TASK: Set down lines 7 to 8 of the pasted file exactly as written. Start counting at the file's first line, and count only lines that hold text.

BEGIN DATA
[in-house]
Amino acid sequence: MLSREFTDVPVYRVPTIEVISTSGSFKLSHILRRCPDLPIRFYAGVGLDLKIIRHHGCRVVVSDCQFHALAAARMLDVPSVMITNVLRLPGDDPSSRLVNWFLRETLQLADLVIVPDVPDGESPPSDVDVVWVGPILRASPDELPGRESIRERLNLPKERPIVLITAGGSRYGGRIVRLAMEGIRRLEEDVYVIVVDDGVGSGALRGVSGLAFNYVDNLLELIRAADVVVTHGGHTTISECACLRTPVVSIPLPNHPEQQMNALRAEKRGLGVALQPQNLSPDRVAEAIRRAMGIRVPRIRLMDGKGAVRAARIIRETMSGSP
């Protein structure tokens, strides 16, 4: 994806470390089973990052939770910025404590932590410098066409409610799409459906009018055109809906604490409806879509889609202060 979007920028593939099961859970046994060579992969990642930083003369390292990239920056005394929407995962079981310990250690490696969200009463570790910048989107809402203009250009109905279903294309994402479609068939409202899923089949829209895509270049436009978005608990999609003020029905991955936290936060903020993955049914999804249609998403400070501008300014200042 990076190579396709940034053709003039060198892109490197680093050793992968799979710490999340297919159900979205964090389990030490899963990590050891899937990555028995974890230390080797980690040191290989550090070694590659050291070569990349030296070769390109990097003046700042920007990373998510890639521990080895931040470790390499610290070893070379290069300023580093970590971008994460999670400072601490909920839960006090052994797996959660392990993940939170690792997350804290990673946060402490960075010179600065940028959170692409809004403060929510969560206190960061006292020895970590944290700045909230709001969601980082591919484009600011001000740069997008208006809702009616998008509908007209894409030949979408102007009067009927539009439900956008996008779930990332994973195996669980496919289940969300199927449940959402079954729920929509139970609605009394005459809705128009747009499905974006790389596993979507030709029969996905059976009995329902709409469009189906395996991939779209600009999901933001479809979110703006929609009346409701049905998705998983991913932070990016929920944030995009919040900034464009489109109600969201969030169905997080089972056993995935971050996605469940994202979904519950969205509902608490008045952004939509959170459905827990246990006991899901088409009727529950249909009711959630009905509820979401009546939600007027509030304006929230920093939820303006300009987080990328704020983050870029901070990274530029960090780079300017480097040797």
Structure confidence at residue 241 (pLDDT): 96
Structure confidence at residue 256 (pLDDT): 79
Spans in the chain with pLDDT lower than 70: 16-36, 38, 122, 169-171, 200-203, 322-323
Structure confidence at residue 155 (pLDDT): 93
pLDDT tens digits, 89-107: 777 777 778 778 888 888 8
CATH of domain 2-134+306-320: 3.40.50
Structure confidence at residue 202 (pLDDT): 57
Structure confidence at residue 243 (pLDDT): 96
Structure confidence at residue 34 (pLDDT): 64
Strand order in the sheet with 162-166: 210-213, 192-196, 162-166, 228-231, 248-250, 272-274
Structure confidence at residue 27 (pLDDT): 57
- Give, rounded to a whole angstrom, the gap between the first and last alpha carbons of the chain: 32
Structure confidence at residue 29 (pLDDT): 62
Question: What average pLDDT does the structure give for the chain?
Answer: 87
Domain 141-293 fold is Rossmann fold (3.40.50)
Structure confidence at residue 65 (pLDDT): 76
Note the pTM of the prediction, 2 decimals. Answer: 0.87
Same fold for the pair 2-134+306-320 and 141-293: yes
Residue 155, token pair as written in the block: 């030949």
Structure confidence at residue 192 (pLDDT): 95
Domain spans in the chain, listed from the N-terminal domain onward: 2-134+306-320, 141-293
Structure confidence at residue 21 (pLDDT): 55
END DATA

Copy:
Structure confidence at residue 155 (pLDDT): 93
pLDDT tens digits, 89-107: 777 777 778 778 888 888 8